‘Every truth passes through three stages before it is recognized. In the first it is ridiculed, in the second it is opposed, in the third it is regarded as self-evident.’
As I am writing this the second Twitter Brainstorm of OCPractitioners has just closed. I never thought it would be a confrontational idea for the 150+ followers. But somehow I have the feeling we have not quite crossed the chasm.
Cool friend Jef Staes is using the red monkey metaphor since 2007 to denote confrontational innovative ideas. Through the lense of this metaphor you can easily see how you should (and should not) appraoch the introduction of your red monkey (i.e. your idea) in your own forest (i.e. your organization). For example: you can determine where and when to drop your monkey if you want it to have best chances for survival (the answer: at the edge of your rainforest; NEVER in the middle). Another example: you can start to recognize red monkey hunters and diagnose their weapons.
EOI Café – Straight Talk
Last week I was fortunate enough to participate to the first Engine Of Innovation Café – another initiative from Jef Staes. There, I gave the below stand-up talk on my own red monkey: launching a brainstorm on Twitter for the community of Organizational Change Practitioners – a group of more than 9.000 members on Linkedin.
“A Twitter What??”
Although some learning takes place and good conversations are going on, my gut feeling tells me that we can do more with that community. So I created the Twitter Account @ocpractitioner.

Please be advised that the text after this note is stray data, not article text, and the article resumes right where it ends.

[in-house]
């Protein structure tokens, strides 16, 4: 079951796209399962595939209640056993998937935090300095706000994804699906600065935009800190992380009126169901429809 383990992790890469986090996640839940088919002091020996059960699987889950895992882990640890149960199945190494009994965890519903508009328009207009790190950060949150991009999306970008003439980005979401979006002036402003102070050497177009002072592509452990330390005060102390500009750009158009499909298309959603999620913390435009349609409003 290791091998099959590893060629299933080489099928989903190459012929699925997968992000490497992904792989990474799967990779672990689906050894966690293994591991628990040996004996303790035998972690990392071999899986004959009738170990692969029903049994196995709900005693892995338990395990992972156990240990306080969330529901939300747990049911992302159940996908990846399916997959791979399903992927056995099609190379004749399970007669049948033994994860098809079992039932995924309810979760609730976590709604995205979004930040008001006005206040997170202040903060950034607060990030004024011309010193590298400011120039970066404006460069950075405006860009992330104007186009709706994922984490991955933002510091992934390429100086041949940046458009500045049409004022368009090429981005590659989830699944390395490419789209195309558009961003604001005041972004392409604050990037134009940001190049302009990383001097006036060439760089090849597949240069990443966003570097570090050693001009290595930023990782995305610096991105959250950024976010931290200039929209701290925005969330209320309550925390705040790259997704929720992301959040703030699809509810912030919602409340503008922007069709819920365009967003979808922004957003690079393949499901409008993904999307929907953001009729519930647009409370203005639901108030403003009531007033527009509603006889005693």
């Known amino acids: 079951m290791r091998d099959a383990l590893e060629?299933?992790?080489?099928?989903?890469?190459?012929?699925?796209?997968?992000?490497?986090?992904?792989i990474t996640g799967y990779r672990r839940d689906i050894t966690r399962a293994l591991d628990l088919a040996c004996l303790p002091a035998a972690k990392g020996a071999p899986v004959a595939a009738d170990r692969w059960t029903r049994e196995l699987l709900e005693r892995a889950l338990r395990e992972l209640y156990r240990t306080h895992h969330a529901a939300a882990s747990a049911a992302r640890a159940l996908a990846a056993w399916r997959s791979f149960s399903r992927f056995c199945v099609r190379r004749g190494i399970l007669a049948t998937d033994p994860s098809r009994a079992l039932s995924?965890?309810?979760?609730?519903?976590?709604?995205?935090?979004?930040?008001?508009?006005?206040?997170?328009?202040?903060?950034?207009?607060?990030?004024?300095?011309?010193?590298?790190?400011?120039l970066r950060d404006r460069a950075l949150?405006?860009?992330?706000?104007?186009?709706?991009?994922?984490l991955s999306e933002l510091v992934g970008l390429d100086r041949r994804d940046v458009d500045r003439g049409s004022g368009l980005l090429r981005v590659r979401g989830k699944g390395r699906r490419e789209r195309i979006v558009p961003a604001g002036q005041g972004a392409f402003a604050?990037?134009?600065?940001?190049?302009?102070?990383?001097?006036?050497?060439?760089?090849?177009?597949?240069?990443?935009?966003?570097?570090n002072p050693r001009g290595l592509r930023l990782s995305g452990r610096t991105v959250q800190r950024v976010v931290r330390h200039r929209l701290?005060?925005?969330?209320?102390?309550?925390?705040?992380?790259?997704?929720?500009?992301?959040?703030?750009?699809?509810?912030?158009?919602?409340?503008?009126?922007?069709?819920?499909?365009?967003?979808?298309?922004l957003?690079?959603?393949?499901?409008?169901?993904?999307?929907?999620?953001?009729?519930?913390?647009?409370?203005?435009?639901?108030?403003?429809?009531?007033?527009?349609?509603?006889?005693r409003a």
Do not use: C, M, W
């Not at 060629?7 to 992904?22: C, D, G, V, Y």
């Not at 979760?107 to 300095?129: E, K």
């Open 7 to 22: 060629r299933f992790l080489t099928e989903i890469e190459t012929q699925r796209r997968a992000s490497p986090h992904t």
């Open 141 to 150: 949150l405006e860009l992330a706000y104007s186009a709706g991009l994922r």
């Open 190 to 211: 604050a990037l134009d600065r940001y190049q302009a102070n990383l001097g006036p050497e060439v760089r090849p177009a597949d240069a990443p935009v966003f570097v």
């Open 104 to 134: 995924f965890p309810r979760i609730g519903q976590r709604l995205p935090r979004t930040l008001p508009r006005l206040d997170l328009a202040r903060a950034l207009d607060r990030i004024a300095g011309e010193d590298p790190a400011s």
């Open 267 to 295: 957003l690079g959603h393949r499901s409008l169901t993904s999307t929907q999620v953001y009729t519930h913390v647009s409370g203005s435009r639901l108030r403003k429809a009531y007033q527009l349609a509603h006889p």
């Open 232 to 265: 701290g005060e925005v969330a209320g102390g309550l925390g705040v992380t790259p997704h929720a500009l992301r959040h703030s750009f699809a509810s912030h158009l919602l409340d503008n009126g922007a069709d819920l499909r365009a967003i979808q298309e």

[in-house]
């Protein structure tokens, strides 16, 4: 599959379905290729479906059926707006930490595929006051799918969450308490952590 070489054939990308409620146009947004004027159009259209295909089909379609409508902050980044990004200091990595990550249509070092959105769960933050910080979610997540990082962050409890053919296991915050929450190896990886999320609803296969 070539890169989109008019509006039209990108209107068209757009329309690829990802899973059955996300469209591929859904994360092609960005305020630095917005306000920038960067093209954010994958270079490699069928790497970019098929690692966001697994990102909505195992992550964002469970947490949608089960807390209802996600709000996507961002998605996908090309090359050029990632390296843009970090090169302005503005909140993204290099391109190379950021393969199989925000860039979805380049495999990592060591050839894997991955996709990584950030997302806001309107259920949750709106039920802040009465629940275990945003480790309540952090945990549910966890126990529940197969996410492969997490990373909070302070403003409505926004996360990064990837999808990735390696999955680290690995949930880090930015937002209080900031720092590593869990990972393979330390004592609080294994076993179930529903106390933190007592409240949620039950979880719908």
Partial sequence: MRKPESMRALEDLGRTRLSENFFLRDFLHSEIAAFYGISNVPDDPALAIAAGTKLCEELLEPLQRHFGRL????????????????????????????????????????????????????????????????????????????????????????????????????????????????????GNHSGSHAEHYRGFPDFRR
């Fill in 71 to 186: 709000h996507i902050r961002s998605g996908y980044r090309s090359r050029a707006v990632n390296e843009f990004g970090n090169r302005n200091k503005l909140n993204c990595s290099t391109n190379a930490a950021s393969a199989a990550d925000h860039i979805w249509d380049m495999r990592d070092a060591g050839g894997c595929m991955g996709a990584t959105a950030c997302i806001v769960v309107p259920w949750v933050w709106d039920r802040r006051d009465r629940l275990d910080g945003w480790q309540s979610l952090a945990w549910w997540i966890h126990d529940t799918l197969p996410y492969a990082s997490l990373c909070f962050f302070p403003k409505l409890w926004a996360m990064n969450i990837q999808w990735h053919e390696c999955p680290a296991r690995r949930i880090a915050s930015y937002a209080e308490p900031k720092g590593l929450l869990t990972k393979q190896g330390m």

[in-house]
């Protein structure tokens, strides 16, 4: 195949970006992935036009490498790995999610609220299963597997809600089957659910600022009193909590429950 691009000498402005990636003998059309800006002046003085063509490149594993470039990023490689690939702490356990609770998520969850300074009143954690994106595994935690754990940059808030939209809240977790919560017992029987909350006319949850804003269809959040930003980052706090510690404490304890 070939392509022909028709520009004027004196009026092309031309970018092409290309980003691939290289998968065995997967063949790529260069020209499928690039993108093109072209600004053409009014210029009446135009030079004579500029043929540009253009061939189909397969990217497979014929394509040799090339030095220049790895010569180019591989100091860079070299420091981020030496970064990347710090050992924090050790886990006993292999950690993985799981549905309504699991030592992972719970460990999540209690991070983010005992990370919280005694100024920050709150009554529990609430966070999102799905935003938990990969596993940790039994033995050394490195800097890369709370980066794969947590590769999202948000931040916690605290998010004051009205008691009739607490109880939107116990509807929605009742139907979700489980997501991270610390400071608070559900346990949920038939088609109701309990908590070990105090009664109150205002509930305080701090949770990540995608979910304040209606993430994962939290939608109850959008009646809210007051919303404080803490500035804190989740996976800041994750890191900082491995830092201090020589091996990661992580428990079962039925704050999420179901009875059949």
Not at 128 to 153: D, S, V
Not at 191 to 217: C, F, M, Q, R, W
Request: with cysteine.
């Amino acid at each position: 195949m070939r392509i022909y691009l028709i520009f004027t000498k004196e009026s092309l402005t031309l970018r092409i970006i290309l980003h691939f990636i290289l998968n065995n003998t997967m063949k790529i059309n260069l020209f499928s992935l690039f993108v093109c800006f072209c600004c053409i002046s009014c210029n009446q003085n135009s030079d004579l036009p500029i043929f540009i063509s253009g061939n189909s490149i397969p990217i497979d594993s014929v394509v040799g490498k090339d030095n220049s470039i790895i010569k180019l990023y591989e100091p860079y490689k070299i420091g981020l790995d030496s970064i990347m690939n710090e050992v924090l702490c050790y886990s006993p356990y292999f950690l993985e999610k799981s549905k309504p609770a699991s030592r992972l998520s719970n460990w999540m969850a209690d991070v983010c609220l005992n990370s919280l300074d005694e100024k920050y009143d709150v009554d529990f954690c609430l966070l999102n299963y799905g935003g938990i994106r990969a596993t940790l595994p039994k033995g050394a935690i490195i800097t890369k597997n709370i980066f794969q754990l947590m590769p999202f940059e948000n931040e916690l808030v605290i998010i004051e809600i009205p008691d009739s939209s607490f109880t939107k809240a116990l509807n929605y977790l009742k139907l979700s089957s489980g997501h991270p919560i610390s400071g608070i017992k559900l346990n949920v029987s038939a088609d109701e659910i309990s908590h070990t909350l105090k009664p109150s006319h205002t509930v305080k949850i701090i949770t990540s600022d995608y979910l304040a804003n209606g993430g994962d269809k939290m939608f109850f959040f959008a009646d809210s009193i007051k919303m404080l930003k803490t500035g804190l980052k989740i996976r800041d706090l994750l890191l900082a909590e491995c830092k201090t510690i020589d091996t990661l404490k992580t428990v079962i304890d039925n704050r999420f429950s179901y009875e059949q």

It is a very awkward feeling to do something without any prior example. Putting my reputation on the line in front of 9000+ peers is not something I do every day… But I see it as my responsibility to make the community explore new territory. So I had sweaty hands and nothing more than a gut feeling that it might just work.I guess failing forward is part of the game 🙂
What Inspired Me?
I figured that even if you take the Wikipedia 1% rule this would mean that a core group of 90 contributors could find one another in an intense cooperation. Sparked by seeing a growing number of people hooking up on the @ocpractitioner Twitter account I drafted the announcement for the first brainstorm.
I always wanted to test how we can brainstorm using new media – thereby learning its strengths and weaknesses. At the same timeI wanted to tap into the wisdom of the crowd of Organizational Change Practitioners in a dialogue mode (as opposed to the forum-mode we are familiar with on LinkedIn).